Your ONE THING should be what you have decided to make into your ‘magnificent obsession’. Mine is human rights, but yours is completely up to you.
Sure, I have other interests, like fitness and womanizing. But everything in my life is centered around making the largest possible positive impact on as many other people as I possibly can. I block off time each day to work towards that goal. I don’t let ANYTHING distract me from my purpose that I have chosen for myself, which is to increase human happiness. Your ONE THING should have an equal pull on yourself.
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You’re not going to live long enough to waste any time on the inessentials. Godlike Discipline is all about what constitutes a meaningful life, and if you’d like to explore this subject with me, I’d be honored to have you.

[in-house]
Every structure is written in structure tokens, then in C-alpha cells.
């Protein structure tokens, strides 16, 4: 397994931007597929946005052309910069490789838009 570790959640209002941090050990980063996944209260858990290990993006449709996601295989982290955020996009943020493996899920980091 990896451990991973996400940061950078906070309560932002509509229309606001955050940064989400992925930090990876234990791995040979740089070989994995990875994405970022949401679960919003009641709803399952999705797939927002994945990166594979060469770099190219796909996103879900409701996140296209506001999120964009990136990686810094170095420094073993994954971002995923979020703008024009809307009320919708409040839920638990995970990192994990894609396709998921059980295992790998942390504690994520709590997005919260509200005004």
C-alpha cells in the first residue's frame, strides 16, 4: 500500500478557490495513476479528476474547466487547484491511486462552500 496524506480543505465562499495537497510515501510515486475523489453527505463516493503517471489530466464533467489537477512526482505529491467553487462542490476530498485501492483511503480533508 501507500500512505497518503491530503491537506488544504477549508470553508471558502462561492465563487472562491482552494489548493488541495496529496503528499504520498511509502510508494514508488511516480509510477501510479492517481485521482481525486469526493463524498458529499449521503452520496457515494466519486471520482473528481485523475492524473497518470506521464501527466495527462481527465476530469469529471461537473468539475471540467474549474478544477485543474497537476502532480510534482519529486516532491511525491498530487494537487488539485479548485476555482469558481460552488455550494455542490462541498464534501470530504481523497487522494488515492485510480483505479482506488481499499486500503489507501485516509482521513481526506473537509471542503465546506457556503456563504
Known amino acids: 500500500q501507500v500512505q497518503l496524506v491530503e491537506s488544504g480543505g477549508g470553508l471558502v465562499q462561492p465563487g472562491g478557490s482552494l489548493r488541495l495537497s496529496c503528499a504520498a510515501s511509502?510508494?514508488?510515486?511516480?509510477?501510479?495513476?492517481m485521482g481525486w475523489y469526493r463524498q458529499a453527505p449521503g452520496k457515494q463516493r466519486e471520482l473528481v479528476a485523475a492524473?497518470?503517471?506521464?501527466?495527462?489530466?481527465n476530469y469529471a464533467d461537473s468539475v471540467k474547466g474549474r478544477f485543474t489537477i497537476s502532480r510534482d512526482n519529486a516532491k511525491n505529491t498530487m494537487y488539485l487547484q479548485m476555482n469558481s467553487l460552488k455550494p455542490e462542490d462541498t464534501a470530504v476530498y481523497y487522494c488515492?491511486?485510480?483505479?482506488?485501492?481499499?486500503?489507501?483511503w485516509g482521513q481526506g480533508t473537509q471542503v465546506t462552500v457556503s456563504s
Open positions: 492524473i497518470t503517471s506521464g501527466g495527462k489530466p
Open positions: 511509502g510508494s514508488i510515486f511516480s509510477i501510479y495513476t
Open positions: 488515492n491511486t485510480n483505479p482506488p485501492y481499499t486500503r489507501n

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I hope these notes sparked your interest, or led to some new questions, or just made your life better in some way.
If they did, I’d love for you to consider donating to the phenomenal international non-profit, Doctors Without Borders. We operate all over the world, proving free medical services to those hardest hit by war, famine, and other disasters and atrocities. We never discriminate on the basis of gender, religion, ethnicity, etc. And we would be honored to receive your support.
All the best,
Matt Karamazov is a human rights activist, boxer, and writer who reads 200 books per year and throws 300 punches per minute. His website, Godlike Discipline, is dedicated to raising money for causes like Doctors Without Borders, and Human Rights Watch, among others. It’s also dedicated to helping people tackle their biggest willpower challenges. He also like death metal, and so, consequently doesn’t get many second dates. Here he is on a horse.